Letters to the Editor for July 28, 2012

Public resource

My hat’s off to Jeff Hawkins for his July 21 letter. He’s absolutely right that the only restriction on legally accessible computer materials at the library should be to deny their accidental viewing by others. Period.

My July 3 suggestion for a vote by the library board should only even be considered for magazine publications, always keeping in mind that, as Jeff said, a library is a public resource.

Once, I was referred to a very informative article in an old Playboy magazine; it took me a long time to find a state legislator even willing to request the issue from the state library archives.

Dave Dockham

Hood River

Bottled water

On July 21 I was invited to a party in Portland; while in route we were told to BYOW, “Bring Your Own Water.” Several of the party goers bought bottled water to drink along with a 2-gallon reusable bottle for washing hands, fruit and dishes as West Portland’s water supply was contaminated with E. coli! Bottled water was also given to a few homeless men, who were asking for it.

I am sure my story is not different from many other local private events that took place over the weekend.

The point I would like to make, is that I am from Cascade Locks where on Aug. 1 Portlanders and others will descend on our town for an anti-Nestlé rally, against bottled water. This weekend I was happy to have the opportunity to buy bottled water as I am sure many others were as well. While Portland and other towns are busy trying to ban bottled water maybe there needs to be some thought given to the benefits of it!

Debora Lorang

Cascade Locks

Mess was inherited

Some people keep pretending to the willfully ignorant that the eight-year Bush administration had nothing to do with the present deficit.

The George Bush Administration caused the mess we’re in: They took the surplus left by the Clinton administration and used it for tax cuts that benefited mainly the rich. And the Republicans also started two illegal, and unpaid for, wars.

Republicans are also responsible for the deregulation of banks, markets and entire industrial sectors. These deregulations caused the financial meltdown that required running up more debt to bale out the banks.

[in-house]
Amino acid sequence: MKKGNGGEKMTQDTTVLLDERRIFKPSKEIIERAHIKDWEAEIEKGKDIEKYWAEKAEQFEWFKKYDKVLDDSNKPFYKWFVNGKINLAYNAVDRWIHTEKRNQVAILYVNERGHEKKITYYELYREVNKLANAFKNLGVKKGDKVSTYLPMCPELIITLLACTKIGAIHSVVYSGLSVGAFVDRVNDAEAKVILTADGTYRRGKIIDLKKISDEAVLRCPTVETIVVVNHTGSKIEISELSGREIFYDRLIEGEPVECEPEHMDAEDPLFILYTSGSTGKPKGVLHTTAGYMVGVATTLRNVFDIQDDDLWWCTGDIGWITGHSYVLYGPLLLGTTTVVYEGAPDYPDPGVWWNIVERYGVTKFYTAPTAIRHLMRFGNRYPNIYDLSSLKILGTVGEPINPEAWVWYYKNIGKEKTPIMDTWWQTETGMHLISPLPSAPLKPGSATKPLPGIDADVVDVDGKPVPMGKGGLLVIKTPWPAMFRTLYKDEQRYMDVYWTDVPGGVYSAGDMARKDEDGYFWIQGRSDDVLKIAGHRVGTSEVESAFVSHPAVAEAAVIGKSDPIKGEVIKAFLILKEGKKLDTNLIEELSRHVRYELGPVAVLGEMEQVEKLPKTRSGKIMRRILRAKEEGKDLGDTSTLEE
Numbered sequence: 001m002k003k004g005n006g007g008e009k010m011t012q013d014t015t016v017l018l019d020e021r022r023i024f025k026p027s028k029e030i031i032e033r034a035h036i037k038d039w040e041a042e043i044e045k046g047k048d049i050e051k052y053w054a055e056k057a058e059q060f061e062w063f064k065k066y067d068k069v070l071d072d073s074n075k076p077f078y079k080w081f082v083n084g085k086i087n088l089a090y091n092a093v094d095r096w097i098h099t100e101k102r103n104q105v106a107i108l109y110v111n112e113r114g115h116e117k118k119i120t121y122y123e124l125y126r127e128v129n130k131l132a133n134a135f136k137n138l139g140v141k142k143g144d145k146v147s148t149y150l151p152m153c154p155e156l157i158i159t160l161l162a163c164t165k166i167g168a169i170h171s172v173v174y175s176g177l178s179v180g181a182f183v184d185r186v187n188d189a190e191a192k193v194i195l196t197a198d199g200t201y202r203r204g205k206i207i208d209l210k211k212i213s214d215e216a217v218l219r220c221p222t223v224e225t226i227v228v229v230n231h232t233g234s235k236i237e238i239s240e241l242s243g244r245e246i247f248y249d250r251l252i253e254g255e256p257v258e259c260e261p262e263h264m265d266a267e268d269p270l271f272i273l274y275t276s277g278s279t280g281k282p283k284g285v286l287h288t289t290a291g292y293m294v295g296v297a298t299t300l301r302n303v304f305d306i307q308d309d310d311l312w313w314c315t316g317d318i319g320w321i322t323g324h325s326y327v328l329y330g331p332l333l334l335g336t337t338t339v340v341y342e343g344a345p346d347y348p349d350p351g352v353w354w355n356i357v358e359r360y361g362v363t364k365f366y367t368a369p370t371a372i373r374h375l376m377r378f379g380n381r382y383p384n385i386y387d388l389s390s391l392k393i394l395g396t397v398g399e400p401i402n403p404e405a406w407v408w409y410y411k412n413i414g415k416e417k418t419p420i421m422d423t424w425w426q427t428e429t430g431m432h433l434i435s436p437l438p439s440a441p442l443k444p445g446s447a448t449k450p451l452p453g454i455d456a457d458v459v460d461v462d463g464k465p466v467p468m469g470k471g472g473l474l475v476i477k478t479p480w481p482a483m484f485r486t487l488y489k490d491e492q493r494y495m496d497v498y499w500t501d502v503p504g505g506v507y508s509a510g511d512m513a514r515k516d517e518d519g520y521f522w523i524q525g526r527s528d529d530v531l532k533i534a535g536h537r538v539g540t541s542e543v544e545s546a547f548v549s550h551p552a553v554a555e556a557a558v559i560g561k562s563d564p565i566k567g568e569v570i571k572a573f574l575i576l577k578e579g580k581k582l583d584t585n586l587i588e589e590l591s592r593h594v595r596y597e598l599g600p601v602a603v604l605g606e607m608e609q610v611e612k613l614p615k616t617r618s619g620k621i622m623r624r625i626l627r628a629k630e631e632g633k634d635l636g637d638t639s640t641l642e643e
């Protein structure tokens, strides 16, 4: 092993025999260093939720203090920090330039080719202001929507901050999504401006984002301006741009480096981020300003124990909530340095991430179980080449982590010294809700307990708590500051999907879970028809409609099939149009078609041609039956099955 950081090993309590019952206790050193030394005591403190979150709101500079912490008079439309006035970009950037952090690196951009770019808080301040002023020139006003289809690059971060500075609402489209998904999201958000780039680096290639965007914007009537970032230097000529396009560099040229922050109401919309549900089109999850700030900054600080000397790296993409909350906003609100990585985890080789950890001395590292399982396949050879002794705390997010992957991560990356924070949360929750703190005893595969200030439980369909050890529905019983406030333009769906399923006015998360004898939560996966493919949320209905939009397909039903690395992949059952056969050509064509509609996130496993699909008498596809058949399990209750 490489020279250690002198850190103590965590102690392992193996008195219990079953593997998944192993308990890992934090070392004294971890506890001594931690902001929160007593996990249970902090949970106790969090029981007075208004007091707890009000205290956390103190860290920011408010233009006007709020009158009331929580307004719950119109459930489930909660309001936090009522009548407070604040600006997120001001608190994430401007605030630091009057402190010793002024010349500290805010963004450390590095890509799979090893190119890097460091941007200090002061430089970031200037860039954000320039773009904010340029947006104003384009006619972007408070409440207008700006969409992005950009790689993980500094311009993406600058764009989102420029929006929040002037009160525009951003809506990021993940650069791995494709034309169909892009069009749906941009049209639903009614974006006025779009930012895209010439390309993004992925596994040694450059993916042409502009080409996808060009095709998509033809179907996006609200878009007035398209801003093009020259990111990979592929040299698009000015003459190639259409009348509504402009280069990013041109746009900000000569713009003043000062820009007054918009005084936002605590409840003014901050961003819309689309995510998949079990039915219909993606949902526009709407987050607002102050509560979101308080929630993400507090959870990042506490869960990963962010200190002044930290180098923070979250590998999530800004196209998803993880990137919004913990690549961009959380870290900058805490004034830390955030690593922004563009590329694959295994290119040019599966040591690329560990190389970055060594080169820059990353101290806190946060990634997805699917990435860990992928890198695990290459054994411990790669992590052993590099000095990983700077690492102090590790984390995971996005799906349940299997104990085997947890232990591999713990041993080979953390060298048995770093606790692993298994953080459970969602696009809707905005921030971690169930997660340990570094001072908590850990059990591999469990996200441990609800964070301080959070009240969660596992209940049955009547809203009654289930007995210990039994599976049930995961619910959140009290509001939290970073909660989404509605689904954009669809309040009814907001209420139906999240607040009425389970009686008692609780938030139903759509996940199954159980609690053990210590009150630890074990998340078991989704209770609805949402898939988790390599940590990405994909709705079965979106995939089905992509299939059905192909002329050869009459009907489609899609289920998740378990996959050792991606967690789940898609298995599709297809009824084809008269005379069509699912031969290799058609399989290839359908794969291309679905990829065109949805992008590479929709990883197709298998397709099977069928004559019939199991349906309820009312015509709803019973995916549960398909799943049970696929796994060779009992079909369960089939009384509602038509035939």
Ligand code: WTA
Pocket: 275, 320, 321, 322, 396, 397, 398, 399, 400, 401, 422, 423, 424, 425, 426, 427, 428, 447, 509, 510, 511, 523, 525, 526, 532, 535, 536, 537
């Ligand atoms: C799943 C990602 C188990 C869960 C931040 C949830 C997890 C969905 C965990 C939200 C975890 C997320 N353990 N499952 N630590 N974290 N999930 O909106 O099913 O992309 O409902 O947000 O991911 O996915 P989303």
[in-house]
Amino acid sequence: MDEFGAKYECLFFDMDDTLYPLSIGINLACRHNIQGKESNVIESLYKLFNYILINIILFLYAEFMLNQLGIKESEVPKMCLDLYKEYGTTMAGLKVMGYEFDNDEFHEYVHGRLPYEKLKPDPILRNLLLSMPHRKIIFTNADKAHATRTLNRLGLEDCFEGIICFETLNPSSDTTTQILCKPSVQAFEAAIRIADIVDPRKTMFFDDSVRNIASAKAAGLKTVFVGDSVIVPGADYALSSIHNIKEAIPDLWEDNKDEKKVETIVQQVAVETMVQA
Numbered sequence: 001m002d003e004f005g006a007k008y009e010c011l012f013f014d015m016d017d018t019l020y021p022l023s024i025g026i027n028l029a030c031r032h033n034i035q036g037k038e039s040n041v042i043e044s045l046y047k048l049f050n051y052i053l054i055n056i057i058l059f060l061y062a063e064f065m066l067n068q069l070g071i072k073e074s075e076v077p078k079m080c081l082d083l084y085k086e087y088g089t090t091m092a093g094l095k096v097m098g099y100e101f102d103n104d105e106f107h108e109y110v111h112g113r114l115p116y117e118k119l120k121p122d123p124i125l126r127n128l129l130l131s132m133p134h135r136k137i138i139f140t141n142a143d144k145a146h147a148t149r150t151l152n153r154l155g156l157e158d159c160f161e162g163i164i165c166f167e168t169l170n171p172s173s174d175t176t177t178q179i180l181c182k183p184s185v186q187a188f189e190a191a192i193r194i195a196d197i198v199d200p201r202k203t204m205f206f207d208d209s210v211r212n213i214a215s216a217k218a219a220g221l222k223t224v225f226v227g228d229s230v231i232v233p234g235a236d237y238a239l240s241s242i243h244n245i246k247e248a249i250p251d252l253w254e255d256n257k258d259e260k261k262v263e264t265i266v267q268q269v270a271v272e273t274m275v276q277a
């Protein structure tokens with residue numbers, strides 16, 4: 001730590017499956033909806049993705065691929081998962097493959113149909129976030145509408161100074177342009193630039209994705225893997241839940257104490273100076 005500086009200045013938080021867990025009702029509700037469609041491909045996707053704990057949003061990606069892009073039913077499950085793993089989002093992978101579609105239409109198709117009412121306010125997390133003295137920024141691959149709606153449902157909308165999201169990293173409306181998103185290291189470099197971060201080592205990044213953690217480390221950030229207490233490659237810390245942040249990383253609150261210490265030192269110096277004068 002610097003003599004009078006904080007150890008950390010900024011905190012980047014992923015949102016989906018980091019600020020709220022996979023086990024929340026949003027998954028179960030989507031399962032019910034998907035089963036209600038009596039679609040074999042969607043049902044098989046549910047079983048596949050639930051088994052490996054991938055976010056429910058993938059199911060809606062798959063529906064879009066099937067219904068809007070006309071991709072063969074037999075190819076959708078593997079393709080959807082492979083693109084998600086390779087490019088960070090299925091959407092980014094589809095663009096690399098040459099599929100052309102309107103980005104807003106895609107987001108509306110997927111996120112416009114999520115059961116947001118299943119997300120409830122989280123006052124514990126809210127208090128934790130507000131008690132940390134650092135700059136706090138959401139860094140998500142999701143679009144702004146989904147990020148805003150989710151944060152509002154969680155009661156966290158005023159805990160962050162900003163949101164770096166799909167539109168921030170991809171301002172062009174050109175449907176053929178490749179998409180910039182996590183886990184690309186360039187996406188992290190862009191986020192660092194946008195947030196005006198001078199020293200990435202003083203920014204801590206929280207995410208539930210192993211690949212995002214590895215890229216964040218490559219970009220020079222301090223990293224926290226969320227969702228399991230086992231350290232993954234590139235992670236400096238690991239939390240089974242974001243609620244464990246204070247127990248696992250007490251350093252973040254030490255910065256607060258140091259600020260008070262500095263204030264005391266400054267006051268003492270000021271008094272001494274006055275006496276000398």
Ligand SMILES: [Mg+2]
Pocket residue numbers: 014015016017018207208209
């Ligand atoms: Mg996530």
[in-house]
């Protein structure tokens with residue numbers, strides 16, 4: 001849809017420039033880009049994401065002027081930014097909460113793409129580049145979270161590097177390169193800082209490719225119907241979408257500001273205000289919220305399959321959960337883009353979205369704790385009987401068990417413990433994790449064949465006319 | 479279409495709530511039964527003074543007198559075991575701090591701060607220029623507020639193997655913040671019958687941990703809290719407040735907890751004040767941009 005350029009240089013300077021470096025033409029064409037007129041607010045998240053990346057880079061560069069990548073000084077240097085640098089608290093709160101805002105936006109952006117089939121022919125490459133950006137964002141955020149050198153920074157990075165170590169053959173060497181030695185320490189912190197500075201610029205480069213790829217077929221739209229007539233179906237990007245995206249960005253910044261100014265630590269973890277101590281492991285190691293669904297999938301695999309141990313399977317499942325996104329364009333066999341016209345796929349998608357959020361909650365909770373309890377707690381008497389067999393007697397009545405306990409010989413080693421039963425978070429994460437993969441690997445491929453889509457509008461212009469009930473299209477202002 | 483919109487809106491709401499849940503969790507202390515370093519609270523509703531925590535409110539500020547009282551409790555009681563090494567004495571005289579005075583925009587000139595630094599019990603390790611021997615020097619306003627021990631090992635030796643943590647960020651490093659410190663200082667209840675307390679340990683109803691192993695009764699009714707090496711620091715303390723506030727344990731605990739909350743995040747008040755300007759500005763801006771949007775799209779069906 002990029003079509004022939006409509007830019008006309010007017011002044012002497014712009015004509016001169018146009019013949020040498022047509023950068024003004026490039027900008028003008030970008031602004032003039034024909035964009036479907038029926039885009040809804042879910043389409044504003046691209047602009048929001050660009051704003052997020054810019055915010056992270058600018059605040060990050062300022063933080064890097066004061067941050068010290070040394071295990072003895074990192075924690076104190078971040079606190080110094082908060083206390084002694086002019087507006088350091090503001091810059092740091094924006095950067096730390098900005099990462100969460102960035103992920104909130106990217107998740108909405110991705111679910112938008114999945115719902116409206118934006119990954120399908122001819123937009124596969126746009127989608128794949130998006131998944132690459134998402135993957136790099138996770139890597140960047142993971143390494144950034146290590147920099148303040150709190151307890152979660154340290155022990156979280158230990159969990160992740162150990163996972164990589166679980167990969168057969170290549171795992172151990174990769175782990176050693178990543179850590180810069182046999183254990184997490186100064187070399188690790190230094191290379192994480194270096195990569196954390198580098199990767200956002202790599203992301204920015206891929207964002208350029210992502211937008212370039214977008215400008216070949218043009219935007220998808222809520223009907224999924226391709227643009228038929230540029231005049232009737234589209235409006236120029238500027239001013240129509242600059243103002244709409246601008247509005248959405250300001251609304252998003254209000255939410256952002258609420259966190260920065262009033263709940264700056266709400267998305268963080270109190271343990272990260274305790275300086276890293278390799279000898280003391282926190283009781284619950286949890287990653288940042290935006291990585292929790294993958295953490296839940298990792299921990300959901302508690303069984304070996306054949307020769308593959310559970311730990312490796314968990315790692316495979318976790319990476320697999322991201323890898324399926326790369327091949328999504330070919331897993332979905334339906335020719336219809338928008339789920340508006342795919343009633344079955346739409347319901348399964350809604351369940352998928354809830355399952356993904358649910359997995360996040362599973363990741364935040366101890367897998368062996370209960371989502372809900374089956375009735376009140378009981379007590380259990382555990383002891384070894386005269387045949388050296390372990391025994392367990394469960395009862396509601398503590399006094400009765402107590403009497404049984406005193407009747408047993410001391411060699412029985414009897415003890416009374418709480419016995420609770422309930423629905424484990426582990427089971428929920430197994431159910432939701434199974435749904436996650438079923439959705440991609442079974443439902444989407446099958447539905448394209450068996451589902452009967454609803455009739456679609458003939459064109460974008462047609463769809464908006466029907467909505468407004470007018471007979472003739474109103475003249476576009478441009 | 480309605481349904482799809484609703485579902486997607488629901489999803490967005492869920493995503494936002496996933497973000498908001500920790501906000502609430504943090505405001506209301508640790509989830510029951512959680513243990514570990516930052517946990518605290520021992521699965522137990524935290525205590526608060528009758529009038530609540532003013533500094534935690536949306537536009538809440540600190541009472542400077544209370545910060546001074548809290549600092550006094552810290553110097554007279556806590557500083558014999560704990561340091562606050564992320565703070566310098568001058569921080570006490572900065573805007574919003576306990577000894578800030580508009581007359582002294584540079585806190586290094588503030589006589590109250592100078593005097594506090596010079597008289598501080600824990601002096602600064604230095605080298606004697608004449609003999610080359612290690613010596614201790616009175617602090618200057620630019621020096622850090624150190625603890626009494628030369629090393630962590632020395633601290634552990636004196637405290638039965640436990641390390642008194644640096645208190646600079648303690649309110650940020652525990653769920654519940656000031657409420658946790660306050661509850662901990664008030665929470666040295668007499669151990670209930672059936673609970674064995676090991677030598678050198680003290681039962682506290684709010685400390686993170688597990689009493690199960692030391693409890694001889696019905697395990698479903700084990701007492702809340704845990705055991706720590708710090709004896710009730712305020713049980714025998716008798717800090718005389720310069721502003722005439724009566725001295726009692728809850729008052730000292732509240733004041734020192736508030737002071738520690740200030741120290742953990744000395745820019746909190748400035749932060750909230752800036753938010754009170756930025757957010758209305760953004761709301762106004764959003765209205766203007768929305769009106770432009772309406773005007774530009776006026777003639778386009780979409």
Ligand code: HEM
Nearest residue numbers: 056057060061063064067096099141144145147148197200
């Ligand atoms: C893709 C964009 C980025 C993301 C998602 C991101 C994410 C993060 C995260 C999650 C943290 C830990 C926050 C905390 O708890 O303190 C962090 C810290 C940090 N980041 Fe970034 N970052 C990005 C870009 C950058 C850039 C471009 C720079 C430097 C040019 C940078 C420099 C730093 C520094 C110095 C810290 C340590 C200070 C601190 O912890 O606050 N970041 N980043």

President Obama inherited this mess. Some of us haven’t forgotten. Mike Farmer states in his letter to the editor Saturday, July 12, that the Republicans want the government to start being sensible. But all this talk about the deficit is just that — talk.

Former Vice President Dick Cheney famously said, “Deficits don’t matter.” A staunch Republican, he was arguing against raising taxes on the rich.

But today Republicans seem to have forgotten this maxim. They are bent on stripping social programs, privatizing public assets, and gutting unions; all in the name of “deficit reduction.”

Because they have made a pledge to not raise taxes and to keep all the tax breaks and other perks for corporations, cutting social programs is the only alternative. They don’t seem to care what these cuts will do to the unemployed and to the very poor who depend on these programs for their very existence.

Anne Vance

Hood River

Romney a

Bush clone

It is difficult to see how Mitt Romney will be a good change for America if he is elected president. Listening to his interviews there are six things he says he will do as president.

One, he wants to deregulate the financial markets so business can have a free hand in doing their business. Two, he wants to maximize all energy sources — nuclear, coal, natural gas, oil. Three, he wants to increase military spending and cut back on domestic spending.

Four, he wants to cut the Federal budget. Five, he wants to continue the Bush tax cuts, including for those making $250,000 and up. Six, he wants to increase trade.

We already did this from 2000-08 with President Bush, and if Romney is elected he wants to follow the same strategies that got us into the worst financial mess since the Great Depression.

We don’t need another Bush clone. We are slowly but surely getting our economy back. We don’t need to abandon what has been accomplished and go back to the Bush tactics that have been tried and failed.

Ron Yamashita

Hood River

‘Sly of hand’

I want to vote for the best man for sheriff, but how do I sort out the “wheat from the chaff”? Listen to forum presentations, read reporters’ stories and the many “good ol’ boy” letters, or if he sounds good; do it.